New era of exoplanet exploration begins with ’remarkable’ JWST study of WASP-39b

The creation of sulphur dioxide in the planet’s atmosphere. Credits: NASA/
The creation of sulphur dioxide in the planet’s atmosphere. Credits: NASA/JPL-Caltech/Robert Hurt; Center for Astrophysics-Harvard & Smithsonian/Melissa Weiss
Studies of one exoplanet’s atmosphere using James Webb Space Telescope instruments have revealed the detection of new molecules and cloud structures.

In a suite of studies across five papers, a large international team including Imperial College London researchers has demonstrated the power of the James Webb Space Telescope (JWST) for investigating exoplanets.

The level of detail provided by JWST is revolutionary. It is incredibly exciting to think that we’re only at the dawn of the JWST era. Dr James Kirk
The telescope was used to investigate the atmosphere of the exoplanet WASP-39b, a gas giant planet orbiting a star 700 light-years away. WASP-39b is extremely ’puffy’ - it has a radius a little larger than Jupiter, but less than half the mass. This means there is a lot of atmosphere for researchers to study.

The JWST, which launched on Christmas Day 2021, conducts infrared astronomy and is the successor to the Hubble Space Telescope. It carries several types of sensing instruments, including the Near InfraRed Spectrograph (NIRSpec), the Near InfraRed Camera (NIRCam) and the Near InfraRed Imager and Slitless Spectrograph (NIRISS), which were used for the new studies.

The measurements of WASP-39b are taken when the planet passes in front of its star, with the starlight shining through its atmosphere providing the instruments with lots of detail about the chemical makeup and structure of the atmosphere.

Atmosphere insights

In August 2022, it was announced that one of the instruments had detected carbon dioxide in WASP-39b’s atmosphere, the first time this molecule had been detected in an exoplanet’s atmosphere. The new data, across a whole suite of instruments, also reveals the first detection of carbon monoxide in WASP-39b’s atmosphere, as well as the first detection of sulphur dioxide in any exoplanet atmosphere.

The team discovered that the sulphur dioxide is produced by photochemistry - chemical reactions catalysed by starlight. This is the first time a photochemical by-product has been detected on an exoplanet. Photochemistry is fundamental for life on Earth, from the production of ozone in the upper atmosphere to photosynthesis in plants and algae to the production of Vitamin D in our skin.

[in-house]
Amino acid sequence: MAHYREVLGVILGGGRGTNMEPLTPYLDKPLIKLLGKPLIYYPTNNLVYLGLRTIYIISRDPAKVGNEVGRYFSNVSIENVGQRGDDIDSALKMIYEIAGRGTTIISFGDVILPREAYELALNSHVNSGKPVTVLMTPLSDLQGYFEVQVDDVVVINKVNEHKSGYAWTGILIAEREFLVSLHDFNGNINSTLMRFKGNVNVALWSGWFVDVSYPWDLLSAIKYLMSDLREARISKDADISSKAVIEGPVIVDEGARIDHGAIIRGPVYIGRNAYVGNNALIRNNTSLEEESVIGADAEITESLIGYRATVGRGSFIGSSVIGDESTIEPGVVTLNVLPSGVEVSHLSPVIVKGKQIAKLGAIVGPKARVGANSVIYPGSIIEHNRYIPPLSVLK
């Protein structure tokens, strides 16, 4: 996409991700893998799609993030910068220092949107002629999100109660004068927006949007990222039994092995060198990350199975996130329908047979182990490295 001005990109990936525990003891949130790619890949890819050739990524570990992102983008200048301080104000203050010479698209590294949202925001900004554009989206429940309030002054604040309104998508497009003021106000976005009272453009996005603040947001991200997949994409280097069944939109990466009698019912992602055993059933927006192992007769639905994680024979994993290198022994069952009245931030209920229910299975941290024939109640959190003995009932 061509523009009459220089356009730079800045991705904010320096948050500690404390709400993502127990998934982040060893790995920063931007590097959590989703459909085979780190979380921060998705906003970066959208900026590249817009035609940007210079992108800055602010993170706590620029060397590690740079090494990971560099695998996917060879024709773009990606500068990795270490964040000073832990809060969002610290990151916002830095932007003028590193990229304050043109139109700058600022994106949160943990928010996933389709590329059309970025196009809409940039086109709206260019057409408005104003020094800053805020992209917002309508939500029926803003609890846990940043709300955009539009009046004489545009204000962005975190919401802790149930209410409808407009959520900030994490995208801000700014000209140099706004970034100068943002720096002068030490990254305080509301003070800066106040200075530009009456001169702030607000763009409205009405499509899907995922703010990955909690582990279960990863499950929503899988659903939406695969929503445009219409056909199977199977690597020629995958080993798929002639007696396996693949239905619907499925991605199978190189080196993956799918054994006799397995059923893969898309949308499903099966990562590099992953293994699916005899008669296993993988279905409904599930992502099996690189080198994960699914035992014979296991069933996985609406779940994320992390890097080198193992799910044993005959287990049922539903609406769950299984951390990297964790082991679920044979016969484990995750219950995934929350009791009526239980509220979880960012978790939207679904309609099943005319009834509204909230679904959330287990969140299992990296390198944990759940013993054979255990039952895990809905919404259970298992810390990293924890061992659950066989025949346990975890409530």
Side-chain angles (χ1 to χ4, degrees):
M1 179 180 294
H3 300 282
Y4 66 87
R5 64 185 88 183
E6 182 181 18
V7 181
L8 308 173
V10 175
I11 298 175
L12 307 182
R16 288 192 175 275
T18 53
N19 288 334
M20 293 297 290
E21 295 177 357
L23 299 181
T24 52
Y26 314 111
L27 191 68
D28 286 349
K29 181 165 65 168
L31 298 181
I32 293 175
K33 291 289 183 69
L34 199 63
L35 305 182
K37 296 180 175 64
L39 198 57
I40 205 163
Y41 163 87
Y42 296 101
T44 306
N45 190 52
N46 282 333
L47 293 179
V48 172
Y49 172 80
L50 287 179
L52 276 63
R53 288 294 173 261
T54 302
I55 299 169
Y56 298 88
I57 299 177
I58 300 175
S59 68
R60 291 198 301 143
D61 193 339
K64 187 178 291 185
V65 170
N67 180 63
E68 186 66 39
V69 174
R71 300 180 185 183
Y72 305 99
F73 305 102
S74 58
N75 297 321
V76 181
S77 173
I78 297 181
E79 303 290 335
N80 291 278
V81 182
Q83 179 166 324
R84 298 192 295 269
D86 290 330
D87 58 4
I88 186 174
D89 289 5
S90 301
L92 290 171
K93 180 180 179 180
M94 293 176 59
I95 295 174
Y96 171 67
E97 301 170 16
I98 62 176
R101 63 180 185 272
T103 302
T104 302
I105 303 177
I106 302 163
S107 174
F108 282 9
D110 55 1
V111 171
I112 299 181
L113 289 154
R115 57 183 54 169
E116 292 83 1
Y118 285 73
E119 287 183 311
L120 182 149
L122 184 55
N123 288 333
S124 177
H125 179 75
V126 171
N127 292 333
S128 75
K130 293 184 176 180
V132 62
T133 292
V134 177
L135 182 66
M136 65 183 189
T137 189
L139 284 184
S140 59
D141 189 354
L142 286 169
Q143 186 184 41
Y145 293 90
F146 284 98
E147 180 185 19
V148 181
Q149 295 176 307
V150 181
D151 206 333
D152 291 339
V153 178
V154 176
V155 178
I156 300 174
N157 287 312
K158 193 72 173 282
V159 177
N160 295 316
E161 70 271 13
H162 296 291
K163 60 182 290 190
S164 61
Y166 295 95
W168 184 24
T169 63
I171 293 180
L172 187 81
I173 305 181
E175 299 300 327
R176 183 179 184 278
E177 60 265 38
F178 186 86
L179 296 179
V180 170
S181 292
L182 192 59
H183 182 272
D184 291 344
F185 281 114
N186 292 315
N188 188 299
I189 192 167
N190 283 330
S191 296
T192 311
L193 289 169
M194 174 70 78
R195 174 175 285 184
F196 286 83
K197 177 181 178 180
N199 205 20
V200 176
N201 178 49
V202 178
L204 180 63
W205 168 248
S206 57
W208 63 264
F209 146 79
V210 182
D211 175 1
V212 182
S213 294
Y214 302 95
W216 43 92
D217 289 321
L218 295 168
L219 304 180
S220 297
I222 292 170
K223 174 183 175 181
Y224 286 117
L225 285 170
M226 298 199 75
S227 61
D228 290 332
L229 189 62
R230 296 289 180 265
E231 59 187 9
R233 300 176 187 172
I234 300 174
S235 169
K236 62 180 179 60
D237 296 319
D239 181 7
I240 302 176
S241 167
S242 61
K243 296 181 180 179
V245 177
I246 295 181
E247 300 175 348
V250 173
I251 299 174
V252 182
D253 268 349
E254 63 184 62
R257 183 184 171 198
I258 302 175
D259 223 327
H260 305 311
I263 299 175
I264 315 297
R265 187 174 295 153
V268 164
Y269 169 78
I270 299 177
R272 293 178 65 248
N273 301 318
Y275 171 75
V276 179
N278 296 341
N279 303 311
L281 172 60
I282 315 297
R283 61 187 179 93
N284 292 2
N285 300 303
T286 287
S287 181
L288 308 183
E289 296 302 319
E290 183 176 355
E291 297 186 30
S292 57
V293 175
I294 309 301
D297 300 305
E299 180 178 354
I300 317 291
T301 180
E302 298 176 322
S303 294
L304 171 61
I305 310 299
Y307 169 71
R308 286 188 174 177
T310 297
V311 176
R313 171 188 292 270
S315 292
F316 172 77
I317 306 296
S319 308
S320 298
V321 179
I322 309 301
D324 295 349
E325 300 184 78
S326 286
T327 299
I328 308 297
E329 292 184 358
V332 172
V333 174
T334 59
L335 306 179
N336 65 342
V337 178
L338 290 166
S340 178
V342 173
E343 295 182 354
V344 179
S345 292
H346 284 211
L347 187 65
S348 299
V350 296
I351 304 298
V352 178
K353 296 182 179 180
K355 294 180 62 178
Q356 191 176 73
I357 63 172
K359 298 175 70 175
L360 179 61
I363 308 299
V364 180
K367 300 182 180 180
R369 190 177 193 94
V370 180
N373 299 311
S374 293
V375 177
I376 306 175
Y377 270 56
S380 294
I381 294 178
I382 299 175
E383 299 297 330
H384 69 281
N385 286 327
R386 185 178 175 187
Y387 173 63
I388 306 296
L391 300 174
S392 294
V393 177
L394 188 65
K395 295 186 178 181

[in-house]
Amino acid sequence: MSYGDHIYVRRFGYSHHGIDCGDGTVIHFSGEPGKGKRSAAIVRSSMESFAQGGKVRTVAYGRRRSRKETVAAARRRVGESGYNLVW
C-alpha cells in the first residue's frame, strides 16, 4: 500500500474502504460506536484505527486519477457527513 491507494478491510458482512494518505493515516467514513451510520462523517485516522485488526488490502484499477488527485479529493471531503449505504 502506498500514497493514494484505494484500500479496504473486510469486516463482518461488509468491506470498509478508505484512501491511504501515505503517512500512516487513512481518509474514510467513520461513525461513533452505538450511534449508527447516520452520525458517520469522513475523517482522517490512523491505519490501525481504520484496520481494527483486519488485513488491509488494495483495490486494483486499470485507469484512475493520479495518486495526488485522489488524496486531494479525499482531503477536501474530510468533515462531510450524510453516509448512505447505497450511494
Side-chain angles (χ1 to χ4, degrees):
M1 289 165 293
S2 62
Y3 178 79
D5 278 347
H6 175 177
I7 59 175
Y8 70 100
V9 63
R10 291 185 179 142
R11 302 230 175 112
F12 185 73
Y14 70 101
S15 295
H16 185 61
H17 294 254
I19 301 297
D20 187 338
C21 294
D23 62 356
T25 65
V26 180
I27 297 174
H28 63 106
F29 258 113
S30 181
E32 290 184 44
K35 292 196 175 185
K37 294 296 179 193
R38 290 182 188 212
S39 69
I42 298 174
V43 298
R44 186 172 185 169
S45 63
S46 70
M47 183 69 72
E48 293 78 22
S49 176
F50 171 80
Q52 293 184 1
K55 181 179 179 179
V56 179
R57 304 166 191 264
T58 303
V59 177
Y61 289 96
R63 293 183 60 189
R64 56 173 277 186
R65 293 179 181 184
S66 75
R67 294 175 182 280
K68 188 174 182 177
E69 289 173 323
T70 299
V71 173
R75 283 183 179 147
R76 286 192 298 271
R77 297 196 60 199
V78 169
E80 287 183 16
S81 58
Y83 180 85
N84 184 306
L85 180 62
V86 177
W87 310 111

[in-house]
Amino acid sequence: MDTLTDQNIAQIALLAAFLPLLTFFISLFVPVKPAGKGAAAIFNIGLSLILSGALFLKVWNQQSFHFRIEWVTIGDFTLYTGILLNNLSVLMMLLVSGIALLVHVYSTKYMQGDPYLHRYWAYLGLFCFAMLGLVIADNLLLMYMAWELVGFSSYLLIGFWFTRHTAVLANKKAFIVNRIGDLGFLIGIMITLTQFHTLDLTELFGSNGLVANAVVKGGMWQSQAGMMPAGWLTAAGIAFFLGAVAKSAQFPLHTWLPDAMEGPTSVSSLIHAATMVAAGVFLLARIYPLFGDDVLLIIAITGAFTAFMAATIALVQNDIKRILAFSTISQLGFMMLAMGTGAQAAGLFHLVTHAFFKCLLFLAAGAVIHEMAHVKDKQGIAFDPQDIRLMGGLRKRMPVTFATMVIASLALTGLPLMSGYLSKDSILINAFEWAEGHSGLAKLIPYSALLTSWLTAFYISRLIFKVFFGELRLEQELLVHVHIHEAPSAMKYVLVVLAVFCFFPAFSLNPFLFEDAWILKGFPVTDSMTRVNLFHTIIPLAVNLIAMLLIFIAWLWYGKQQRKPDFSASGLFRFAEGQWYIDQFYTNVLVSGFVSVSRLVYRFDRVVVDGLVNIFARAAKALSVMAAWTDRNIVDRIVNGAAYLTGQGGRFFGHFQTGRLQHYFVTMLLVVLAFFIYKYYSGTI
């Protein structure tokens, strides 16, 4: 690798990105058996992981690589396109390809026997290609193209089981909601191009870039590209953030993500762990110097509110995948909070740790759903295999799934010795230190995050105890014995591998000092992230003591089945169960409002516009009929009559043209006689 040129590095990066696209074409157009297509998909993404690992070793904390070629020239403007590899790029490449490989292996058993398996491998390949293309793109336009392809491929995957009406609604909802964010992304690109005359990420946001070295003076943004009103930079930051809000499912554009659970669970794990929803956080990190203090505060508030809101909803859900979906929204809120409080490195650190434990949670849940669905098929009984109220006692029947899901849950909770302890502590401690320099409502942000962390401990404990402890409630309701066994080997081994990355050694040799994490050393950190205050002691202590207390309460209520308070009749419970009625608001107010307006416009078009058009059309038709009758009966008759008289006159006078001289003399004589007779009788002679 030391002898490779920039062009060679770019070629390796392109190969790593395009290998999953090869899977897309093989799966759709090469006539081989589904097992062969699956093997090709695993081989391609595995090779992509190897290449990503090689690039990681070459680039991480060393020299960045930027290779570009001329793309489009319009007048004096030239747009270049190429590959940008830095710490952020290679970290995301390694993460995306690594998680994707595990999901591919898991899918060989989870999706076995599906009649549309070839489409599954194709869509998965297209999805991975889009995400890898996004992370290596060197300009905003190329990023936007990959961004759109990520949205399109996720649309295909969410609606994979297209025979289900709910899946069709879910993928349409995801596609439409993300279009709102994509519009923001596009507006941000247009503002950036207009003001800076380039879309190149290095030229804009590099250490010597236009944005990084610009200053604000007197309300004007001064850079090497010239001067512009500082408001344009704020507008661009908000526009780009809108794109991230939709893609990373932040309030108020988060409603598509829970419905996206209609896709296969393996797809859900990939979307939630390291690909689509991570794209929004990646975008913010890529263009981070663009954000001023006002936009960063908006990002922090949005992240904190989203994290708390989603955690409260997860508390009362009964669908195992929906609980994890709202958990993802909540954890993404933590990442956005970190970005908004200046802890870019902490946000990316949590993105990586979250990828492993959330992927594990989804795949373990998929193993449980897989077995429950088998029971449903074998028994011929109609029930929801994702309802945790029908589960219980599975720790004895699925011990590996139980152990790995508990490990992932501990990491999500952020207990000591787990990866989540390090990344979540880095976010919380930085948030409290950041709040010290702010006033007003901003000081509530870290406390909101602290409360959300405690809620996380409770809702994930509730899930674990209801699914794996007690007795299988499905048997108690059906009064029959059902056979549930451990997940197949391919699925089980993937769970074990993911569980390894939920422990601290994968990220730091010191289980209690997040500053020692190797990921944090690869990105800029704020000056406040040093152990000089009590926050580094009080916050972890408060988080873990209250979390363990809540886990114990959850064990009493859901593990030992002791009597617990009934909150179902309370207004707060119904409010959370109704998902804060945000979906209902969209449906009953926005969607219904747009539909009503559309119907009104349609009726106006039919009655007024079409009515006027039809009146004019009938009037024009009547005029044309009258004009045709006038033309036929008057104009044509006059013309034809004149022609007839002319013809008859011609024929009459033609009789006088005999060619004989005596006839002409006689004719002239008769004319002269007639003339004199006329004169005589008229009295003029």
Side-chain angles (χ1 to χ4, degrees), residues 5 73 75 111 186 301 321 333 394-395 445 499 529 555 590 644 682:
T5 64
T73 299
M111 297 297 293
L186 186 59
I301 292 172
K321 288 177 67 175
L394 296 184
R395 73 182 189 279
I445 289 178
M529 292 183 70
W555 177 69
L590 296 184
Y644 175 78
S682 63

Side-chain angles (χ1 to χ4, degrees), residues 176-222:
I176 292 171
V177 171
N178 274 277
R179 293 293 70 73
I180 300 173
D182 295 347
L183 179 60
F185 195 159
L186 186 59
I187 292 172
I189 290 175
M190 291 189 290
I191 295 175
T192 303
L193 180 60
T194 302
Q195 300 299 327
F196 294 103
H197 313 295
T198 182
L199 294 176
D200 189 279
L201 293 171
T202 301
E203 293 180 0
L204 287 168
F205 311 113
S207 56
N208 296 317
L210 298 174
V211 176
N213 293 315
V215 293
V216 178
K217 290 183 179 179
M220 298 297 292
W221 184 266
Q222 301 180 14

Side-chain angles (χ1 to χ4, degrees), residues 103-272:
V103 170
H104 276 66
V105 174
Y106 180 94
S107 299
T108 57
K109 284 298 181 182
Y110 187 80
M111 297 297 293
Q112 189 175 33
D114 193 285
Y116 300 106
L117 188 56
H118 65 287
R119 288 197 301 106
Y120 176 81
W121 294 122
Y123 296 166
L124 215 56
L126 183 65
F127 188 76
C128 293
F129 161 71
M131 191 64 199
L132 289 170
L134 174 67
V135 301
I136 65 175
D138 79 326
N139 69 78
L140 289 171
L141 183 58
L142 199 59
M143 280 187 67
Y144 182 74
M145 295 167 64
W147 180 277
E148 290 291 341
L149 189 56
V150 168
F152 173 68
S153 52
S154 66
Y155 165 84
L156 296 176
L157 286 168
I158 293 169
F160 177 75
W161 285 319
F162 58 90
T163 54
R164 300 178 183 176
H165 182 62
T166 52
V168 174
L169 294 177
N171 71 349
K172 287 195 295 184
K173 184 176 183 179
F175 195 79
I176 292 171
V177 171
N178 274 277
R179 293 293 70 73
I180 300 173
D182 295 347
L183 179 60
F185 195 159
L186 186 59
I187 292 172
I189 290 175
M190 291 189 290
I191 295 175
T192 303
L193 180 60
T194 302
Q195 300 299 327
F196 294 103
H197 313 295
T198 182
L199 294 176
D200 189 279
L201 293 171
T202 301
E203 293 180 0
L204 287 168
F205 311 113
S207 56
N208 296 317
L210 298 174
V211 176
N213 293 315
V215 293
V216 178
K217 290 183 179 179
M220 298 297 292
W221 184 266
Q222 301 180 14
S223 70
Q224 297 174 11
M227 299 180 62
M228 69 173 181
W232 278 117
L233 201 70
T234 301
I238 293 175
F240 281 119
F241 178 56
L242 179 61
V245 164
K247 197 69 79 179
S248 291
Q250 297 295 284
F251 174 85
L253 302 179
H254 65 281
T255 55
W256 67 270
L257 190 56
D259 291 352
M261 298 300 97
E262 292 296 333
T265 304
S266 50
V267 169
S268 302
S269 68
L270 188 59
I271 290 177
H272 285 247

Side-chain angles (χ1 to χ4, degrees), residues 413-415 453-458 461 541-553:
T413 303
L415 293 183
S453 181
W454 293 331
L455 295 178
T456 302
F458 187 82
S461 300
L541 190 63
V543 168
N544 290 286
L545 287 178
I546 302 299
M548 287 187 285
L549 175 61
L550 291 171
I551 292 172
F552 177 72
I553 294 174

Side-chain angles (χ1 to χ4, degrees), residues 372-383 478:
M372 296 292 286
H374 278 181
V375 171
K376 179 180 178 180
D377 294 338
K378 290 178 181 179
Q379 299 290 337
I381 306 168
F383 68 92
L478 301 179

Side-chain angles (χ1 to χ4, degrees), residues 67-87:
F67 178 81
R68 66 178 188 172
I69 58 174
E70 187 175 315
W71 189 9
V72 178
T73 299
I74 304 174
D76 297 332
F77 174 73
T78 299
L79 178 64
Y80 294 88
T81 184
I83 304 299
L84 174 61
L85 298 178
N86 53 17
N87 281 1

The process used to identify these new molecules, alongside the previously discovered water, sodium and potassium, also gives researchers an early peek at elemental abundance ratios, which compare the proportion of two elements.

These measures, such as carbon-to-oxygen and potassium-to-oxygen ratios, can give researchers information about how the planet formed out of the disk of gas and dust surrounding the parent star in its younger years.

The studies also reveal evidence of non-uniform cloud cover in WASP-39b’s atmosphere, potentially in a similar way to clouds on Saturn and Jupiter.

Dramatically improving our understanding

The new papers were led by PhD students Zafar Rustamkulov at Johns Hopkins University, Lili Alderson at the University of Bristol, Eva-Maria Ahrer at the University of Warwick, Adina Feinstein at the University of Chicago, and Shang-Min Tsai at the University of Oxford.

Imperial College London’s Dr James Kirk , from the Department of Physics, was a key member of the NIRSpec PRISM team, providing independent analyses of the data using software he wrote himself.

The instrument works by measuring the brightness of the star as it changes over the time during which the planet passes in front of it. This results in around 21,500 measurements over an eight-hour period. Dr Kirk’s software fits these brightness measurements with planetary models to generate a light spectrum and reveal the atoms and molecules present in the planet’s atmosphere.

In this way, he was one of the first people to produce results for the planet’s atmospheric composition. He said: "I was blown away when I first saw the planet’s spectrum. I knew we had something remarkable, in terms of the level of structure that was in the spectrum and the precision we achieved.

"The level of detail provided by JWST is revolutionary. It is incredibly exciting to think that we’re only at the dawn of the JWST era."

The NIRSpec PRISM data showed clear detection of sodium, water, carbon dioxide and carbon monoxide, and hinted at the presence of sulphur dioxide, which was confirmed by one of the other instruments.

The instruments measure different aspects of the spectrum with some overlap at the margins, allowing researchers to check they are producing the same results, which was proven for this suite of instruments.

Dr Kirk added: "The studies show that JWST is working exceptionally well and so will dramatically improve our understanding of the atmospheres of both gas giants and potentially habitable exoplanets."

Top image credit: Melissa Weiss/Center for Astrophysics

Early Release Science of the exoplanet WASP-39b with JWST NIRSpec G395H (Alderson et al.)

Early Release Science of the exoplanet WASP-39b with JWST NIRSpec PRISM (Rustamkulov et al.)